Second, teenagers and college-age kids in the period between 1965 and 1985 were blessed with parents who happily paid for their college tuition and “search for themselves” in ways that most of today’s parents can’t even dream of doing. I knew only a handful of kids who worked during college, but my grandchildren know only a few who don’t work or rack up huge student loan debts (sometimes both). And, when I was in college, you could pay most of a year’s tuition by working a minimum wage job for the summer. (I attended a private university with relative high fees, but a Christmas break job at Neiman Marcus and a summer gig writing for an entertainment magazine would easily have covered my tuition had I not been on a “full-ride” scholarship.)

Today, the Atlantic says that you’d have to spend 991 hours working at a minimum wage job to pay tuition at the lowest cost public university — and that’s less than half the cost of a college education today, now that books and fees will more than double the cost. That means you’d have to work 20 hours a week for a full year (52 weeks — no vacation or holiday time off) to earn enough to pay tuition for a single semester. And that’s without the other costs most college-age kids incur for things like transportation, food, connectivity (WiFi, cell phone), or entertainment. What 18-year-old actually manages to save 100% of a year’s wages?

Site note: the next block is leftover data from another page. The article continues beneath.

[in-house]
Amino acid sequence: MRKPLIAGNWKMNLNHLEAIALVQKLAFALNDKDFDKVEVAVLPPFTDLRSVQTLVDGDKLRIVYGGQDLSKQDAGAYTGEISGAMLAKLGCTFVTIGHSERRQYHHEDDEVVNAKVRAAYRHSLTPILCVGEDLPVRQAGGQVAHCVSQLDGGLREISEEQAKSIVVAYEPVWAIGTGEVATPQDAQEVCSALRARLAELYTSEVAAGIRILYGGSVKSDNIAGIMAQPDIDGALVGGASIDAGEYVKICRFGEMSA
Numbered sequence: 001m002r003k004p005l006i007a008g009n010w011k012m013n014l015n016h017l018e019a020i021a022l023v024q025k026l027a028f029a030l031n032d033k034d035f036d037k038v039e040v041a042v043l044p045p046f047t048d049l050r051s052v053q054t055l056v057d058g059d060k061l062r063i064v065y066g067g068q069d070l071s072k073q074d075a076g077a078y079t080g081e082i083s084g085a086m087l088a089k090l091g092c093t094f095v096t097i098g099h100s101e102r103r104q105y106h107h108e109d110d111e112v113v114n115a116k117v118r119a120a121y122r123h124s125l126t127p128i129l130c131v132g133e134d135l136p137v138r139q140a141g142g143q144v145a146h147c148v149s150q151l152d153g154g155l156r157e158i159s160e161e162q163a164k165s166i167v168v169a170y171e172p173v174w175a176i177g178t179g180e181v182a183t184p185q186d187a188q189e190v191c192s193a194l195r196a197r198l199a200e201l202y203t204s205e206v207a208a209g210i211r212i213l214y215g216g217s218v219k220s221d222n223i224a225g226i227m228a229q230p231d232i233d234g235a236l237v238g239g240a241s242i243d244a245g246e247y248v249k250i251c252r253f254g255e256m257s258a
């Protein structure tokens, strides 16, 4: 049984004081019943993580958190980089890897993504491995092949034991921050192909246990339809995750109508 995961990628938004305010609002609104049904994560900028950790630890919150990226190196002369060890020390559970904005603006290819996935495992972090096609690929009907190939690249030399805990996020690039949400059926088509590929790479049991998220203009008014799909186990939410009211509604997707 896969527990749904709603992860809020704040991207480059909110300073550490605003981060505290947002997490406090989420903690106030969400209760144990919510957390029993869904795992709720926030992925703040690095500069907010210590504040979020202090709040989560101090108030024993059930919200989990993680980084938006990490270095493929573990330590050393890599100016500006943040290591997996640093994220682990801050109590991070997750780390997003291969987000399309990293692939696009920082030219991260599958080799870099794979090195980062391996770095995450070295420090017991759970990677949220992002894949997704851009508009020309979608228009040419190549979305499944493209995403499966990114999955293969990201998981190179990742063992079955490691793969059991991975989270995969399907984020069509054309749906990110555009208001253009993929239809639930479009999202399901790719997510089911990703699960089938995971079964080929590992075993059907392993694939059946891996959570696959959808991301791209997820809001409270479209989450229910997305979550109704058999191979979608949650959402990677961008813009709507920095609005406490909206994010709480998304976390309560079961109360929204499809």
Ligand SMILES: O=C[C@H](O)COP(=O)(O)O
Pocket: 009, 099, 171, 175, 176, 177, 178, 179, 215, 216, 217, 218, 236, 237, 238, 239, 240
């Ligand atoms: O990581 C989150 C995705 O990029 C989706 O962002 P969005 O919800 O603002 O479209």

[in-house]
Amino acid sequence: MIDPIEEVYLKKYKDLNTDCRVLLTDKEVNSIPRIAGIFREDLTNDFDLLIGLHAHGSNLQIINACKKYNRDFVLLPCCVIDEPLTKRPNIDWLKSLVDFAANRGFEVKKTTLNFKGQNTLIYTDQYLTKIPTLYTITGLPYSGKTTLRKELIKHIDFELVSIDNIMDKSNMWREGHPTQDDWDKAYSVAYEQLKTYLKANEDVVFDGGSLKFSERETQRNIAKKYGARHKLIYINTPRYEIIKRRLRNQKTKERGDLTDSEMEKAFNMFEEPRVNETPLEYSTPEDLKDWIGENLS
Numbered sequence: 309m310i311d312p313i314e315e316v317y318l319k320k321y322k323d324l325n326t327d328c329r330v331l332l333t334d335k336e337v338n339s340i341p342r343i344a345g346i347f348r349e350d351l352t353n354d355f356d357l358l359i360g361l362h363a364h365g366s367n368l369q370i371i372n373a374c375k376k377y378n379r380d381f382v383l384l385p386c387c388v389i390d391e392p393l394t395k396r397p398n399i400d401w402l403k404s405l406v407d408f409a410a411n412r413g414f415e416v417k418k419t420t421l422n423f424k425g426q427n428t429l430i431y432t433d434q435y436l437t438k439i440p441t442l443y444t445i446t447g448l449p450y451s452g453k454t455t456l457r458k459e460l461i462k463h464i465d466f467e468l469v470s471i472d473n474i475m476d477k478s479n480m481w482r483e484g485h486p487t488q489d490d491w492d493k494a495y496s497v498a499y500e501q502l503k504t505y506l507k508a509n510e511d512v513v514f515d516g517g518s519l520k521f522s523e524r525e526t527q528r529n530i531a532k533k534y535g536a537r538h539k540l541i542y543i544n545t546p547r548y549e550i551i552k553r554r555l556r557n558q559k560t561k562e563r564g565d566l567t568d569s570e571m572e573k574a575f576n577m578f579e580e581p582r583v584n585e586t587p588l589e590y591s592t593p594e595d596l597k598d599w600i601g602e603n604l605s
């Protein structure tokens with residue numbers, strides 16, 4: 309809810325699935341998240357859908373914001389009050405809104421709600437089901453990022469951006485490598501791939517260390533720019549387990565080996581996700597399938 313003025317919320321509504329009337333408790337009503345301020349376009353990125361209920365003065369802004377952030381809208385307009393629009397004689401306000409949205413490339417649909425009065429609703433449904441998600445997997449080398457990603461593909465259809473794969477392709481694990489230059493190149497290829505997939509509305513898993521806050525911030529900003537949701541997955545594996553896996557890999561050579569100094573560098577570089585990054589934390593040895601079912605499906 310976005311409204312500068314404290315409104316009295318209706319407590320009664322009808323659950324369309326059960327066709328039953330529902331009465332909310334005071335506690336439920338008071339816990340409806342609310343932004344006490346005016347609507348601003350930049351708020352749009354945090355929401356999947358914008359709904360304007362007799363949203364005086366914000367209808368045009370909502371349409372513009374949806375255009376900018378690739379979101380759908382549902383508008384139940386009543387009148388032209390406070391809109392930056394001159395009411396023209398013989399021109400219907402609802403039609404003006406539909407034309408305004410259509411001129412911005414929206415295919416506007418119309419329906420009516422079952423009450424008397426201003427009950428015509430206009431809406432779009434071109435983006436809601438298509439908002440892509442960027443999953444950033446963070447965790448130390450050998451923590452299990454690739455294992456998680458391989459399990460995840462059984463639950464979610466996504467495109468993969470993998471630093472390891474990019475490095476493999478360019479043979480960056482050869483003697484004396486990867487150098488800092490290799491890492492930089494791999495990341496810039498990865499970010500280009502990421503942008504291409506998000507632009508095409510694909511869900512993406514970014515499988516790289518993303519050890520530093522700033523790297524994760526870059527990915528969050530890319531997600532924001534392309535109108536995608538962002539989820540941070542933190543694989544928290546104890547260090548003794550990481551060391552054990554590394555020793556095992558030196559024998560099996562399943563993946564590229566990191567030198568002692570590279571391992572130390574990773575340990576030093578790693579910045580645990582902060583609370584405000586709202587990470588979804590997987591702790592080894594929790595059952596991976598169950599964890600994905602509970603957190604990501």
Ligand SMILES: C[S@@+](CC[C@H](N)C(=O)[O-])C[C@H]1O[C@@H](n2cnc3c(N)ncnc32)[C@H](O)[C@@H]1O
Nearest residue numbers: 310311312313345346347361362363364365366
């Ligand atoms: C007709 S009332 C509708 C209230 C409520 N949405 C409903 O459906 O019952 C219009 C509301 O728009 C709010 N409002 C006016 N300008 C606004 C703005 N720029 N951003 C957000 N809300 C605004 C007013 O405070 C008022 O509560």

If you don’t have money, you don’t have time to “find yourself” through a cult. But just because young people aren’t joining cults doesn’t mean they aren’t looking for spiritual growth, or that they aren’t vulnerable to the kind of predators who build cults. The recruitment venues have changed, and so have the numbers of kids falling prey to them.

The Real Reason Scams Flourish: Hubris